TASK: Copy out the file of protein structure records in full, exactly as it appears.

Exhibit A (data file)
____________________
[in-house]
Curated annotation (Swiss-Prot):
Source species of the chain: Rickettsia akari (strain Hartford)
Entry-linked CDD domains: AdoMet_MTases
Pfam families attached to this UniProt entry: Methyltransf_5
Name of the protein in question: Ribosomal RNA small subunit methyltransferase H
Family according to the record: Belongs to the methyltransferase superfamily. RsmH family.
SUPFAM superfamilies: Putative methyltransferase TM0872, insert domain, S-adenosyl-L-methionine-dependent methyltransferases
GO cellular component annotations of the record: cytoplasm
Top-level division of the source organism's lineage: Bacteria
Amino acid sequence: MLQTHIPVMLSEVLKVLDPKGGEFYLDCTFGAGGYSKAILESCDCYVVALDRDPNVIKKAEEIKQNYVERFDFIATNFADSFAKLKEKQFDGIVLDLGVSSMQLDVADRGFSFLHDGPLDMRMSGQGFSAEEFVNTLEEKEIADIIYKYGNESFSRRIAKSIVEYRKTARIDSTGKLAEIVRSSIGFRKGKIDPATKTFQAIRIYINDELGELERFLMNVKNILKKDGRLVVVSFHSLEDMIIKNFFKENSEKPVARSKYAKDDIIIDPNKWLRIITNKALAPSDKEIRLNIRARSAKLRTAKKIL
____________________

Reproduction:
[in-house]
Curated annotation (Swiss-Prot):
Source species of the chain: Rickettsia akari (strain Hartford)
Entry-linked CDD domains: AdoMet_MTases
Pfam families attached to this UniProt entry: Methyltransf_5
Name of the protein in question: Ribosomal RNA small subunit methyltransferase H
Family according to the record: Belongs to the methyltransferase superfamily. RsmH family.
SUPFAM superfamilies: Putative methyltransferase TM0872, insert domain, S-adenosyl-L-methionine-dependent methyltransferases
GO cellular component annotations of the record: cytoplasm
Top-level division of the source organism's lineage: Bacteria
Amino acid sequence: MLQTHIPVMLSEVLKVLDPKGGEFYLDCTFGAGGYSKAILESCDCYVVALDRDPNVIKKAEEIKQNYVERFDFIATNFADSFAKLKEKQFDGIVLDLGVSSMQLDVADRGFSFLHDGPLDMRMSGQGFSAEEFVNTLEEKEIADIIYKYGNESFSRRIAKSIVEYRKTARIDSTGKLAEIVRSSIGFRKGKIDPATKTFQAIRIYINDELGELERFLMNVKNILKKDGRLVVVSFHSLEDMIIKNFFKENSEKPVARSKYAKDDIIIDPNKWLRIITNKALAPSDKEIRLNIRARSAKLRTAKKIL